There were plans for a simple scavenger hunt but that was too ambitious of a plan and so it fell by the wayside...
Birthday Party Take III
given up in lieu of Mason's one birthday request..."Me have candy everywhere...bowls and bowls of candy" (direct quote). Owen really could have cared less as long as the neighbor Clarissa was there...imagine how bewildered he must have felt when he realized that there were 5 'other' Clarissa's there at the same time (I am not sure original Clarissa was too jazzed either).

There were cakes using this recipe which tasted lovely, and this year I figured frosting could look however frosting wanted to as three year olds just want candles and cars on their cakes.
Birthday Party Take III
Birthday Party Take III

Not one picture of the candle blowing out came out clear but I like this one because we all look happy and that is all that matters.
Birthday Party Take III

It was fun and funny and full of impromptu water balloon fights by both children and adults (actually there was paying off the small children in order to get to the adults which was even funnier).

It was hard to keep Mace clothed, he spent the better part of the morning in his original birthday suit (with crown, of course).
Birthday Party Take III
It was impossible to get a shot of Owen's face so we stopped trying. The house still looks like it was hit by a tornado (well, in a way it was).
Birthday Party Take III
But I had fun. And that is really what it is all about. They have embraced play wholeheartedly and so learn from them.

What I am finding out as a Mama that likes to make, has to work and hates to clean is that there is a healthy place in it all. I am not and never will be a Marthette, it exhausts me to think about trying. I know I will always try to make and craft and create for the boys because it validates me and my love for them. I know I will always take pictures (sometimes the exact same picture over and over year after year) because it gives me great pleasure and happiness. I know there will always be a flaw, a fly in the ointment, because that is how it works out for me.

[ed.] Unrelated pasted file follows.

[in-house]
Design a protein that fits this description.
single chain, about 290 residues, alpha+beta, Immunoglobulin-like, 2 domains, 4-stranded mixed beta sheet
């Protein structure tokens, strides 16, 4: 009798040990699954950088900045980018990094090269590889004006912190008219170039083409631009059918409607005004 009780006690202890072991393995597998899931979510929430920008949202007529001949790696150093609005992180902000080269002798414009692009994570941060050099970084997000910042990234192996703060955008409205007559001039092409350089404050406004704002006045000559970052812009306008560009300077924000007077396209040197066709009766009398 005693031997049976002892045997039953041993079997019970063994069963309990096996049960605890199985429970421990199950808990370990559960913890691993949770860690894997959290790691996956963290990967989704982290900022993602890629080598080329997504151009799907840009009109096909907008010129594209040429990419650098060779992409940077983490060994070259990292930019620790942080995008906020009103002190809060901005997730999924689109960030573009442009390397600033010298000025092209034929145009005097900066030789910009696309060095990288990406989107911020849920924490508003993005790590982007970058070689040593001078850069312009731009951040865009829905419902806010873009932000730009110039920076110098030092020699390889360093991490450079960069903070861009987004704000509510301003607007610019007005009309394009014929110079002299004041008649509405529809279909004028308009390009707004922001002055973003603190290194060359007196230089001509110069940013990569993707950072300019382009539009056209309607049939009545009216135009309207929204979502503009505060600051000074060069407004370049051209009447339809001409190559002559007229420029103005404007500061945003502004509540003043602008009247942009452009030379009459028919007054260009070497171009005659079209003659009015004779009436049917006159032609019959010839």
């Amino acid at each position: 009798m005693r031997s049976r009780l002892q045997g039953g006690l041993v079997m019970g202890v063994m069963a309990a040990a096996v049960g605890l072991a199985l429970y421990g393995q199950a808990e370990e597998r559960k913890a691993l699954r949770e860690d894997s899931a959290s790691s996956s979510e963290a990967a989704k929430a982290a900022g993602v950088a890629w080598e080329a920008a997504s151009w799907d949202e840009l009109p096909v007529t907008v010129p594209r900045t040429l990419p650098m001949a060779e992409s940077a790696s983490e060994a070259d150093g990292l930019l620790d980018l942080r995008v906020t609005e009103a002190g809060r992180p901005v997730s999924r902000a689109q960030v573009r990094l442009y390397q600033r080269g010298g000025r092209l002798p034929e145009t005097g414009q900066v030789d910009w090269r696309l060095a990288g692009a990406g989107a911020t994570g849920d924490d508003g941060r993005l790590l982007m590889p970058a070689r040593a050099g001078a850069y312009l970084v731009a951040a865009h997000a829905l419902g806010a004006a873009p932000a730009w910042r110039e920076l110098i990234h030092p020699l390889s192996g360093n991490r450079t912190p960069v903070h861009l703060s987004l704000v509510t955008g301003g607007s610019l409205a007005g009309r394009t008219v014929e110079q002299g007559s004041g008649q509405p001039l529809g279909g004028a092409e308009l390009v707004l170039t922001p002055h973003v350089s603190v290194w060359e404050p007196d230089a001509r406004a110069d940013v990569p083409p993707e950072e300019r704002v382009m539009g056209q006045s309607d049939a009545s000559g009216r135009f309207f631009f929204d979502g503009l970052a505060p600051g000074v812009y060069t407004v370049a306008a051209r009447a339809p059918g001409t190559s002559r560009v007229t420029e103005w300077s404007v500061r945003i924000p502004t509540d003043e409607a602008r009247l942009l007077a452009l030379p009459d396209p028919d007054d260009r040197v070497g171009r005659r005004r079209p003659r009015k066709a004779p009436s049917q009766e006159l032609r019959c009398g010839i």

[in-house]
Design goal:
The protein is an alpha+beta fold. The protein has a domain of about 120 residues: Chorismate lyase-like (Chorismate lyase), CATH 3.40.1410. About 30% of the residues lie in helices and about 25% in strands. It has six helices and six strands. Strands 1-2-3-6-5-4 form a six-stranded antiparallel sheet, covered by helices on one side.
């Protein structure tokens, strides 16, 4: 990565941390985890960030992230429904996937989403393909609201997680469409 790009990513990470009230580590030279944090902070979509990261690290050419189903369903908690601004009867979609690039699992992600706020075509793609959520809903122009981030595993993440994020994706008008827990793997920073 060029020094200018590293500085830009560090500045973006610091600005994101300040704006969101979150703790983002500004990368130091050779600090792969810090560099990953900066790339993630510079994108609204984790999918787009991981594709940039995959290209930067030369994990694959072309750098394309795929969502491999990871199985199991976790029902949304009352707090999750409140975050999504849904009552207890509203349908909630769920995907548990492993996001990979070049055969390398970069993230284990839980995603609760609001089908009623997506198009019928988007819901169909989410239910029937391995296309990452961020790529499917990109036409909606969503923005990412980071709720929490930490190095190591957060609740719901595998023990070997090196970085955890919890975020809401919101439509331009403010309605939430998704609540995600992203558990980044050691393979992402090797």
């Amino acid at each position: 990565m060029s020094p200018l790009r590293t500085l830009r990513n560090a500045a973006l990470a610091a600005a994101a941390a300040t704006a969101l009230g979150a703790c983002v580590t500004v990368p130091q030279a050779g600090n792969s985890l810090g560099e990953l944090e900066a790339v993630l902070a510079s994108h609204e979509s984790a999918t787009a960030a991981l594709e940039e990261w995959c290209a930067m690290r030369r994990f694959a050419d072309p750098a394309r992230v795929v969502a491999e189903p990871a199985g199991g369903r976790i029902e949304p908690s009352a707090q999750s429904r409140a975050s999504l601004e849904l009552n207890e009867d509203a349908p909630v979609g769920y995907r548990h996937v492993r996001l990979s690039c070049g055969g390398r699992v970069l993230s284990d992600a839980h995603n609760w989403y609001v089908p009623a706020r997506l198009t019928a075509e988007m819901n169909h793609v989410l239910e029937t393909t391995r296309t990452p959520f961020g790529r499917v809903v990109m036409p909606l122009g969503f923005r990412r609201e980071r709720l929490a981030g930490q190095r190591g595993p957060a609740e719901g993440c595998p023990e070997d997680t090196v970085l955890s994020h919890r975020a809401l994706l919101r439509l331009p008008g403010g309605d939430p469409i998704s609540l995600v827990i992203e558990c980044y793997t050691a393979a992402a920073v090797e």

Birthday Party Take III

I am also learning it is only a flaw in a certain light....viewed through another lens, it is just Life. Fun and silly, rushed and sweaty, done or not done, we have to learn to embrace it and GO. In a day and age where creative craft and DIY achievement and perfect party themes and gorgeous photos abound in the blog world, I think it is also good to remember there is never full disclosure.

But, er. I had a blast. And I will finish all the things I had planned on making for them sometime in the near future. Right after I find my second wind.
Birthday Party Take III
(Post-party face)

They are three! We find it hard to believe, but there it is. Onward, ho!

Full set of pictures here if you like that sort of thing.

Wednesday, April 21, 2010

From death to birth.

Well, that is the way of it, isn’t it? In one way or another. This Saturday marks the third birthday of the boys and I have always meant to write out their birth story. It has alluded me over the past few years but I want to write it today before I blink and another three years pass by.


They were born on a Tuesday but their birth started months before that. I was almost 24 weeks when I felt my belly go into a round tight ball and I remember the sinking feeling I had in the pit of my stomach. The doctor asked me to come in for monitoring and Tim was at work so I brought my Mama for support. As I lay with the monitors strapped every which way I remember trying to decide who to bargain with to make this all right. And then I was off to Labor and Delivery, the first time I walked (or was rolled down) that hall but certainly not the last.

What followed was weeks of strict bed rest and medication, frequent trips to L & D, constant contraction monitoring, Baby stay in hypnosis CDs and daily meditation and the mantra in my head that they would not come; not at 24 or 26 or 30 or 32 weeks. They were long weeks, trying and scary but there were flashes of wonder despite the worry. There was the lovely shower my sisters arranged with generations of women gathered around my lounge chair. And seeing the wonderful job Tim did on the room that would someday become their bedroom. And watching and feeling as they grew and grew and grew.